In Larger Freedom


May 18, 2005 9:11 | by Jim Addington

Responding to the UN Secretary-General's Report: In larger freedom: towards development, security and human rights for all

In his recommendations for the annual meeting of the General Assembly in September, the Secretary-General reminds us that 'In a world of interconnected threats and challenges, it is in each country's self interest that all of them are addressed correctly'. If Spectre's readers were asked I believe they would say that what is wrong with the UN is that the guiding principle of so many UN members is their self-interest.

The British government protests that it supports the United Nations but, as Erskine Childers, a former under-secretary of the UN, said many years ago 'After US governments, British governments have done more to damage the UN than any other'. Even now, Kofi Annan is under attack in the United States; government supporters are determined to damage him after his criticism of the war on Iraq.

However, the many positive responses by United Nations members to international problems show that across a wide spectrum of essential functions there is considerable international co-operation. It is unfortunate that the UN is kept short of money and has to ask permission for any new initiative. This means that crises around the world tend to develop long before any response can be generated. There is also the lack of resolve for action by member states when crises develop. The genocide that took place in Rwanda in 1994 could have been averted by a simple reinforcement of UN peace-keepers already there. The UN Security Council failed to response to desperate appeals.

On the other hand, the response to the crisis in Kosovo in 1999 was not a failure of UN members or the Security Council. Two thousand monitors had already been sent in by the Organisation for Security and Co-operation in Europe (OSCE) with the agreement of the Yugoslav government.

Failing to get support from the UN Security Council, nineteen NATO states supported the destruction of large parts of Yugoslavia by the US Air Force. The wounds left in the different parts of the Yugoslav Federation, virtually dismembered by the NATO alliance, are still festering and require the constant presence of UN or NATO troops.

There have been two new wars so far in what has been called 'The New American Century'; both were unnecessary and illegal under the UN Charter. Afghanistan was never named in the UN resolution allowing a military response following September 11, 2001, and will never become peaceful while under occupation. The same applies to Iraq, which threatened no-one but was attacked without the authority of any UN resolution. Such action was against the UN Charter, as explained in the Secretary General's ground-breaking statement of 7th March 2003.

It is unfortunate that many states manage to keep self-interest and international co-operation in quite separate compartments. Kofi Annan returns to this theme later in his report when he says 'Every nation that proclaims the rule of law at home must respect it abroad'.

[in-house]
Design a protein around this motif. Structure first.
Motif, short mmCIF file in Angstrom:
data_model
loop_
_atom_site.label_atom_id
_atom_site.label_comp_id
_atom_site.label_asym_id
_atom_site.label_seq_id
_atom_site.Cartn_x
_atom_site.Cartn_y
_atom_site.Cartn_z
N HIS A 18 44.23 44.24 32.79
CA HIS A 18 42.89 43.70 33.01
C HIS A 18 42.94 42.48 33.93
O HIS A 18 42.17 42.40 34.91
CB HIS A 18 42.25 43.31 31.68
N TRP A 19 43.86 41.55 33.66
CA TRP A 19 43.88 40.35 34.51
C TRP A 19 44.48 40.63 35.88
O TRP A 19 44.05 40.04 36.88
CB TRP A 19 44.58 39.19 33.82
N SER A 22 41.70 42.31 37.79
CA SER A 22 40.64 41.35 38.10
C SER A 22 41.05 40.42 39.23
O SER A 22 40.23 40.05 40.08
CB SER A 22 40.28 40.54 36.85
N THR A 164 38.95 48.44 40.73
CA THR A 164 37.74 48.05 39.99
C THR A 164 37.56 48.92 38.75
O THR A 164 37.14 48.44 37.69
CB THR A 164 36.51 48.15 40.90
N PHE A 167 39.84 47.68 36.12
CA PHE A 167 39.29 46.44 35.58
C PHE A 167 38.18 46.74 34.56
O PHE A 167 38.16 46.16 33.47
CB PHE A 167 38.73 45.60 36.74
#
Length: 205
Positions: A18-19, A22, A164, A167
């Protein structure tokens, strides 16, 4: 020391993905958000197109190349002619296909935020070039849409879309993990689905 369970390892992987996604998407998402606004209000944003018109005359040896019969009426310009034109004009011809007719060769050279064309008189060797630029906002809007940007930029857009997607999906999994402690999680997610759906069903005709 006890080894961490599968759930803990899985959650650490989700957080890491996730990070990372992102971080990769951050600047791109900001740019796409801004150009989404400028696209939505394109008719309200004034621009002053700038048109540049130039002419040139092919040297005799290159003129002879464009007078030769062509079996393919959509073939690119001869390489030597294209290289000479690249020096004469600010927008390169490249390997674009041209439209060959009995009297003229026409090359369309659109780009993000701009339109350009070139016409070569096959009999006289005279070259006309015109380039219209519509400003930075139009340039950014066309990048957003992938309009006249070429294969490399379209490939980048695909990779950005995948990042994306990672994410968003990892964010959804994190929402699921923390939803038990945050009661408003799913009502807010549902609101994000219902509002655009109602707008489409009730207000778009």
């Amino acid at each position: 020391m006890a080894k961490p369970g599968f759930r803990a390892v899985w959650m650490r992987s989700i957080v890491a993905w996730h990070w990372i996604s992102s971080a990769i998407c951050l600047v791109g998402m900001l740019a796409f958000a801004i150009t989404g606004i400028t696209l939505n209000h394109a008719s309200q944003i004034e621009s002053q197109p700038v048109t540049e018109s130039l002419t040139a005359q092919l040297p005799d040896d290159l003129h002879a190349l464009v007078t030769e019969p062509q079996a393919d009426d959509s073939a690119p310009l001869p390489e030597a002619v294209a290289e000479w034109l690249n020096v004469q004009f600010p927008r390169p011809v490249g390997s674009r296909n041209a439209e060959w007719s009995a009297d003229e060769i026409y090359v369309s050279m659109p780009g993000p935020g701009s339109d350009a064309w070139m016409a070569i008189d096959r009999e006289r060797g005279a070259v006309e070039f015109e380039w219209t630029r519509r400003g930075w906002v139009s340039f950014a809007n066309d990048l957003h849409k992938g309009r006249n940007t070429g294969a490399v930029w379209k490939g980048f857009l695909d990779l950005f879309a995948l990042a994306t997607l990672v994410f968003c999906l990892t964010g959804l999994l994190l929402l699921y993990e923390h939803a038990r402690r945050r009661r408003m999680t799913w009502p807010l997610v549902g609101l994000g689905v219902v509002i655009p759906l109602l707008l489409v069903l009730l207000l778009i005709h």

The Secretary-General warned after the war on Iraq that'we are at a fork in the road'. One course would maintain support for the UN and the provisions of the Charter, the other continue on the path chosen by those who acted unilaterally. In his proposals he calls for a return to the international Rule of Law. Kofi Annan urges Heads of States and Governments 'to reaffirm the broad vision of the founders of the United Nations, as set out in the Charter, for it to be organized, resourced and equipped' to meet the challenges facing the peoples of the world.

Erskine Childers spent many years in the UN's service service and is remembered annually in Britain in a lecture organized by Action for UN Renewal. The British government should read The United Nations and its future in the 21st Century in which these lectures, given by leading international speakers, are collected.

Among the nine lecturers featured in the book are those by Judge Rosalind Higgins, British judge at the World Court, Denis Halliday, former UN humanitarian representative in Iraq, Professor Paul Rogers of the Bradford University School of Peace Studies and Carolyn Lucas MEP. It includes the full report of the UN High Level Panel on '˜Threats, Challenges and Change' and a reprint of the UN Charter.

We will surely only stave off a 'New American Century' by placing greater reliance on the UN as the only legitimate organization able to speak for the peoples of the world.

Jim Addington is Chair of Action for UN Renewal, from which The United Nations and its future in the 21st Century is available. Send £10, plus £2 postage from within the UK, or £3 from overseas, to Action for UN Renewal, 3, Whitehall Court, London SW1A 2EL. This year's lecture will be given by Sam Daws, executive director of UNA-UK at Friends House, Euston Road, London, from 7.00pm on Thursday 9th June. He will be looking at prospects for reform at this year's UN General Assembly meeting in the light of the High Level Panel report on 'Threats, Challenges and Change' and Kofi Annan's proposals included 'In Larger Freedom'. Admission is free, without ticket.

In larger freedom: towards development, security and human rights for all (report of the Secretary-General) can be read at